The “Developer” tab should now also appear in the ribbon. If you select this tab, you will now be able to open the VBA Editor at any time using the “Visual Basic” button embedded in the bar.
Step 2: Create your first PowerPoint macro
The easiest way to create a new PowerPoint macro with the VBA Editor is by using the “Macros” button, which is right next to the Visual Basic button. After clicking this button, a menu appears where you can enter the desired name for the macro. Then, under “Macro in:,” select the PowerPoint document where you want to use the sequence of commands. If you select “All open presentations” here, you will be able to use the macro across different projects. Finally, click the “Create” button to create the PowerPoint macro:
PowerPoint will then start the Visual Basic Editor automatically, including the standard code window. There you will also see the automatically generated start and end lines of your macro’s VBA code. Since we chose the name “Test” in the previous step, the two lines appear as follows:
Sub Test() End Sub
You will now add the respective VBA code between the two instructions for the beginning and end of the PowerPoint macro.
Step 3: Save the PowerPoint macro you have created
To finally integrate the macro you have created into your PowerPoint installation, save it either in the folder that is currently open or in a folder specifically created for saving macros. To do this, click the “Save” icon in the menu bar of the VBA editor or, alternatively, use the key combination [Ctrl] + [S] (hold down both keys at the same time).
PowerPoint reacts with a dialog box where the application indicates that you can only save macros in “PowerPoint Macro-Enabled Template” or “PowerPoint Macro-Enabled Presentation” type documents. Click “No” to change the file type of your current document or to indicate the location of a corresponding template:
Now under “Save as type:” select “PowerPoint Macro-Enabled Presentation” or “PowerPoint Macro-Enabled Template”, or alternatively the location of your central PowerPoint macro template (if you created it in advance) before clicking “Save” in the last step:
Step 4: Execute a PowerPoint macro you have created via the macro menu
As soon as you have saved the macro in a certain PowerPoint presentation or template, you can execute it at any time. In this case, the easiest way to do this is via the macro menu in the “Developer” ribbon tab: Call up the corresponding tab and click the “Macros” button, like you did when creating the macro:
In the window you should now see the previously saved and created macro, and you should be able to select it by left-clicking. To start the command sequence, simply click the “Run” button, which will result in the menu closing again and the macro code being executed.
How to link macros in PowerPoint with a button or key combination
Macros are intended to make workflows and processes in PowerPoint as simple as possible, which is why an uncomplicated and quick start is vital. The above-mentioned option for starting an available macro using the macro menu does not really live up to this claim. That’s why Excel offers two ways to run PowerPoint macros in a single step with Macro start via button in the Quick Access Toolbar or in any tab ribbon.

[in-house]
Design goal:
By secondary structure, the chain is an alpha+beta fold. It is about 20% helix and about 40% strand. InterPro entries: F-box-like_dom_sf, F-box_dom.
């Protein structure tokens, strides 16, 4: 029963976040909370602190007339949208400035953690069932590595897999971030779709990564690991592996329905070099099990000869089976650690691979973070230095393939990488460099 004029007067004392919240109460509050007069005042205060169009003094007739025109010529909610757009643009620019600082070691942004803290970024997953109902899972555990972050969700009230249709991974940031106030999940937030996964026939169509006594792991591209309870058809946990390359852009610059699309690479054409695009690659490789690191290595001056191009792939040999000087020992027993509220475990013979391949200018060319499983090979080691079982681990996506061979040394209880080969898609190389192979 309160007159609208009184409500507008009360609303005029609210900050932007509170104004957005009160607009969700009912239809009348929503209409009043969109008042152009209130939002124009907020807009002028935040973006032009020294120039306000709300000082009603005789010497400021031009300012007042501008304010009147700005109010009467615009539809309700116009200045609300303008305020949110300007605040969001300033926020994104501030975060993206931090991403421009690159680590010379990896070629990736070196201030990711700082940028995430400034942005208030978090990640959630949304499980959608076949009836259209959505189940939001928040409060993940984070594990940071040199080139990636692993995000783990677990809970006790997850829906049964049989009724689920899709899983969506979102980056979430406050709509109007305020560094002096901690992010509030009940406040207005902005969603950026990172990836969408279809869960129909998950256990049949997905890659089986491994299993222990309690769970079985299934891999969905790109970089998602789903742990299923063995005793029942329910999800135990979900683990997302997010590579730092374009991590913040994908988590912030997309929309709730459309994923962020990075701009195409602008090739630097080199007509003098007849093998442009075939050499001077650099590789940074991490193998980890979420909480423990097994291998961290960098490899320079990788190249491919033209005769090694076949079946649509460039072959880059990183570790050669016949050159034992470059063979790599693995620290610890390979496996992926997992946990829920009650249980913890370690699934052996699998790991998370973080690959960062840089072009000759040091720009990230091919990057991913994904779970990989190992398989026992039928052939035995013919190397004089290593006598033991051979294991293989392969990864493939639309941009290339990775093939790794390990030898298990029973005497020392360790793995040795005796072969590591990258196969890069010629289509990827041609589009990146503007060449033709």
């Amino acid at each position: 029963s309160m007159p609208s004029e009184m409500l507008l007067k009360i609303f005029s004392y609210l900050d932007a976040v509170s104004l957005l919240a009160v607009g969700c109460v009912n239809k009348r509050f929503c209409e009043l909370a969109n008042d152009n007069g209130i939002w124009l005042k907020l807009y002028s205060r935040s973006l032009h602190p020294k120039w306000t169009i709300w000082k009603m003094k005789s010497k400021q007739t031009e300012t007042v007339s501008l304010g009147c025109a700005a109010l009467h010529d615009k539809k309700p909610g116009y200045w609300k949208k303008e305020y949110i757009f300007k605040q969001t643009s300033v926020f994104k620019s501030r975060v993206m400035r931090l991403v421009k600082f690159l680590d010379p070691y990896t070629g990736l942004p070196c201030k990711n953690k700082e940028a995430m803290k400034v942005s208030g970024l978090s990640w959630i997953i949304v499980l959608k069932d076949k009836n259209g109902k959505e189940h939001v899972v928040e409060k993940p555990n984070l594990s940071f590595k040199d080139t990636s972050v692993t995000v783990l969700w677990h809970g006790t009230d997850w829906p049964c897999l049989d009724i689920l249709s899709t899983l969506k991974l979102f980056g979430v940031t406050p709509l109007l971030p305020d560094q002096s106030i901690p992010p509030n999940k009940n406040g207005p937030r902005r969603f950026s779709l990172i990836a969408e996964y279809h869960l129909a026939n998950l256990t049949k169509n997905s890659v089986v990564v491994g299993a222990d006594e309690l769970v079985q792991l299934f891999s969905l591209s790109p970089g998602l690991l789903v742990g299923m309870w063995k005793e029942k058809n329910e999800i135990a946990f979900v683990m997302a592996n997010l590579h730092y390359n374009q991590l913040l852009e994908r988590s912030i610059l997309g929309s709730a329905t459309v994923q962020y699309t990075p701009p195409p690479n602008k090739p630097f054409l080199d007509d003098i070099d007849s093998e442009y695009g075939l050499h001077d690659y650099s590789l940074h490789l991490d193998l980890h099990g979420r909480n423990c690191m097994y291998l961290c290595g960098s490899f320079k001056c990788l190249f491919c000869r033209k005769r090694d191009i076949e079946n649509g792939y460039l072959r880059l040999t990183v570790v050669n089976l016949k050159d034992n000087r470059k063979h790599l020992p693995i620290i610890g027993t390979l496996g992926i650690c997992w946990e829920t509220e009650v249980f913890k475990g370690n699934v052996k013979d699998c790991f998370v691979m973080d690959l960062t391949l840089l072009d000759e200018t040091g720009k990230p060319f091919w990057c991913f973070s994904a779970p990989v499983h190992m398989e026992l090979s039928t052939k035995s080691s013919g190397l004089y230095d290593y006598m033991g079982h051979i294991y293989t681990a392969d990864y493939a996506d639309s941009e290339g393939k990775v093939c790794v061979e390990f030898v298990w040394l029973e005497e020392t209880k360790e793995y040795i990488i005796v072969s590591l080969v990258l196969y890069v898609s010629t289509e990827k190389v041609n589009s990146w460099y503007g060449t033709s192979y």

Adding a macro button to the Quick Access Toolbar
You can add a quick start button for a PowerPoint macro either to the Quick Access Toolbar or any tab ribbon. By default, the toolbar already contains a few buttons for rapidly executing certain program steps – for example for saving the current document. If you want to add a button for your macro to this bar, first call up the Options (via the “File” tab). Once there, switch to the heading “Quick Access Toolbar”:
Under “Choose commands from:” (left window), select “Macros” and then click the macro you created by left or right clicking. If you click the “Add” button, PowerPoint will also list the macro in the right menu window:
Click the macro entry in the right menu window and then select “Modify”. You now have the option of customizing the name and the button icon. Finally, confirm the new button in the Quick Access Toolbar by clicking “OK”.
Adding a macro button to the tab ribbon
In principle, adding a macro button to a specific tab ribbon works similarly to adding one to the Quick Access Toolbar. However, it requires an additional step: Unlike the Quick Access Toolbar, the button can only be integrated after a user-defined group has been created.
In this case, however, first call up the PowerPoint options (“File” “Options”). After that, navigate to the heading “Customize Ribbon” and double click the tab in the right menu window where you would like to integrate the macro button. Then click “New Group” to add the user-defined group to this card:
Use “Rename” to give the new group another meaningful name before selecting “Macros” in the left menu window under “Choose commands from:”. Click the macro that is to contain a ribbon button and integrate it in the group with “Add”: